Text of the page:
I have seen an impressive array of abayas from those that are front opening to those that are a dress, those that have lace from the knees down to the feet and elbows down to the hands, to those that are encrusted with swarovski crystals, others that are intricately embroidered or appliqued, and some have patches of shades of brown sewn into them, while others (like mine) are plain black and utilitarian (= cheap). I’ve even seen daring young women wearing belts to draw their abayas into their waists and reveal their feminine curves. Some women show their faces, others just their eyes. Some tie a face veil around the back of the head, one lady I saw had velcro on the back of her face veil and used that to hold it in place rather than having to tie it. Very occasionally one will see a woman wearing the traditional Bedouin face covering that looks a bit like a bird beak and is rigid and covers the nose and lips.

One cruel Peshawari man that I met said that Arab women have beautiful eyes but he saw a Chinese woman in a face veil and he laughed at her because he thought her eyes were ugly. Why he thought I wanted to hear that I don’t know. He went on to tell me that women are terrible drivers and he always avoids women on the roads. I bit my tongue to avoid telling him that I thought he was a reckless driver and if I wasn’t already paying him to drive me I would prefer to get out of his car. In fact on this trip I have been amazed by the information that strangers (always men) will share with me. Attracted by my calm demeanor, active listening skills and intelligent questions, I have been told some very candid things that I wouldn’t expect to hear from a stranger.

This week my network has expanded after meeting some expats at the scientific meeting and encountering a student that studied with our group in Australia. I’m enjoying myself. It’s more relaxing here than at home because I don’t have to multitask so much. I look forward everyday, with butterflies of excitement, to hearing the super cute voices of my children over Skype. My husband is doing a marvellous job of caring for their every needs and taking them to their out of school activities. It’s hard for all of us but we are getting through it.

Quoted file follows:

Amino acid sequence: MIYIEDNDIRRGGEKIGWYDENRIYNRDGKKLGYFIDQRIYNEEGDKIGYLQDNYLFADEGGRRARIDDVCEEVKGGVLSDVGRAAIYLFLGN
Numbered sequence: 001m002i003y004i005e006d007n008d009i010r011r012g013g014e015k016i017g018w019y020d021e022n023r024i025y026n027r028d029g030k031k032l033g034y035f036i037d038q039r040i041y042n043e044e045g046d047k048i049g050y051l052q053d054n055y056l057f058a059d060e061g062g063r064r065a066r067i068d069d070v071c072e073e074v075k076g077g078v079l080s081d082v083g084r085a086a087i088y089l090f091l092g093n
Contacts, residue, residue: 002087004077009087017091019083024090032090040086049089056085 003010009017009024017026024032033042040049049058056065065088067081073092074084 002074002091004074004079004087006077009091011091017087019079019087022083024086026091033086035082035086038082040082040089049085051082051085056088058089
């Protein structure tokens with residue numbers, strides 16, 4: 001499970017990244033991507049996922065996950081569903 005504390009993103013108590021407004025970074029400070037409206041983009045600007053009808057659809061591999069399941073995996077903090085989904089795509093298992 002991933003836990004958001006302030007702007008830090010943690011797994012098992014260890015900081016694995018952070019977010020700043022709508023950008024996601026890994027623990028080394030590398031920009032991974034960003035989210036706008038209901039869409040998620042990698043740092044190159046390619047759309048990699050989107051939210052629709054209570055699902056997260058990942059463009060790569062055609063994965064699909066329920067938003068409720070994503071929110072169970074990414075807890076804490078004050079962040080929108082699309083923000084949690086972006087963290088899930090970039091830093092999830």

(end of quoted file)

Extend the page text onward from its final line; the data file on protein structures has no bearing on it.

My other posts so far on this trip:


10 comments on “Postcard 6 from the Arab world – A female solo traveller

  1. Pingback: Postcard 7 from the Arab world – A female solo traveller | strivetoengage

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  4. Pingback: Postcard 10 from the Arab world – A female solo traveller | strivetoengage

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  6. Pingback: Postcard 12 from the Arab world – A female solo traveller | strivetoengage

  7. Pingback: Postcard 13 from the Arab world – A female solo traveller | strivetoengage

  8. Pingback: Postcard 14 from the Arab world – A female solo traveller | strivetoengage

  9. Pingback: Postcard 15 from the Arab world – A female solo traveller | strivetoengage

  10. Pingback: Book Reflections – Country Driving by Peter Hessler | strivetoengage

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This entry was posted on October 24, 2014 by in middle east and tagged , , , , , , , .